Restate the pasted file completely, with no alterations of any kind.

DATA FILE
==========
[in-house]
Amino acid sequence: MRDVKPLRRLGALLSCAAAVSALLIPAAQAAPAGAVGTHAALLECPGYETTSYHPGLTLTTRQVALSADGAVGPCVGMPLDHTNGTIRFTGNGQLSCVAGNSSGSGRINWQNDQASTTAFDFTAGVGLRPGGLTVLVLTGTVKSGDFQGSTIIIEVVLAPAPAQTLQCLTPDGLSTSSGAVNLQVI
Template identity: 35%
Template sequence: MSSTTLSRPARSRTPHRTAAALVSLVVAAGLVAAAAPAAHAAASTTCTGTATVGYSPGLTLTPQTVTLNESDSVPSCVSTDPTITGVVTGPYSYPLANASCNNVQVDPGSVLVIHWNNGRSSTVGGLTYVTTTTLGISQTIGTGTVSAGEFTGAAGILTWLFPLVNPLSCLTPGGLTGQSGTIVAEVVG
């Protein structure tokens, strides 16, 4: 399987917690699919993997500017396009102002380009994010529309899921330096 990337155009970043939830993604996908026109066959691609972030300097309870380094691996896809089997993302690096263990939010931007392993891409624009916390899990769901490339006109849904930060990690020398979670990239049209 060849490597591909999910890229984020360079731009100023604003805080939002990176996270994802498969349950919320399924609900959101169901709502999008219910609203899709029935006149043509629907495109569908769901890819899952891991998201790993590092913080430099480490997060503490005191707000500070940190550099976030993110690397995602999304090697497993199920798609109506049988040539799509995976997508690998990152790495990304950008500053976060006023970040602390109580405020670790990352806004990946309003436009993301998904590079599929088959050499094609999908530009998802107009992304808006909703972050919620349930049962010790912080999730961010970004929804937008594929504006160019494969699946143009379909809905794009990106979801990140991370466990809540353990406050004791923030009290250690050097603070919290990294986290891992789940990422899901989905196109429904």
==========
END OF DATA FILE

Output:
[in-house]
Amino acid sequence: MRDVKPLRRLGALLSCAAAVSALLIPAAQAAPAGAVGTHAALLECPGYETTSYHPGLTLTTRQVALSADGAVGPCVGMPLDHTNGTIRFTGNGQLSCVAGNSSGSGRINWQNDQASTTAFDFTAGVGLRPGGLTVLVLTGTVKSGDFQGSTIIIEVVLAPAPAQTLQCLTPDGLSTSSGAVNLQVI
Template identity: 35%
Template sequence: MSSTTLSRPARSRTPHRTAAALVSLVVAAGLVAAAAPAAHAAASTTCTGTATVGYSPGLTLTPQTVTLNESDSVPSCVSTDPTITGVVTGPYSYPLANASCNNVQVDPGSVLVIHWNNGRSSTVGGLTYVTTTTLGISQTIGTGTVSAGEFTGAAGILTWLFPLVNPLSCLTPGGLTGQSGTIVAEVVG
């Protein structure tokens, strides 16, 4: 399987917690699919993997500017396009102002380009994010529309899921330096 990337155009970043939830993604996908026109066959691609972030300097309870380094691996896809089997993302690096263990939010931007392993891409624009916390899990769901490339006109849904930060990690020398979670990239049209 060849490597591909999910890229984020360079731009100023604003805080939002990176996270994802498969349950919320399924609900959101169901709502999008219910609203899709029935006149043509629907495109569908769901890819899952891991998201790993590092913080430099480490997060503490005191707000500070940190550099976030993110690397995602999304090697497993199920798609109506049988040539799509995976997508690998990152790495990304950008500053976060006023970040602390109580405020670790990352806004990946309003436009993301998904590079599929088959050499094609999908530009998802107009992304808006909703972050919620349930049962010790912080999730961010970004929804937008594929504006160019494969699946143009379909809905794009990106979801990140991370466990809540353990406050004791923030009290250690050097603070919290990294986290891992789940990422899901989905196109429904």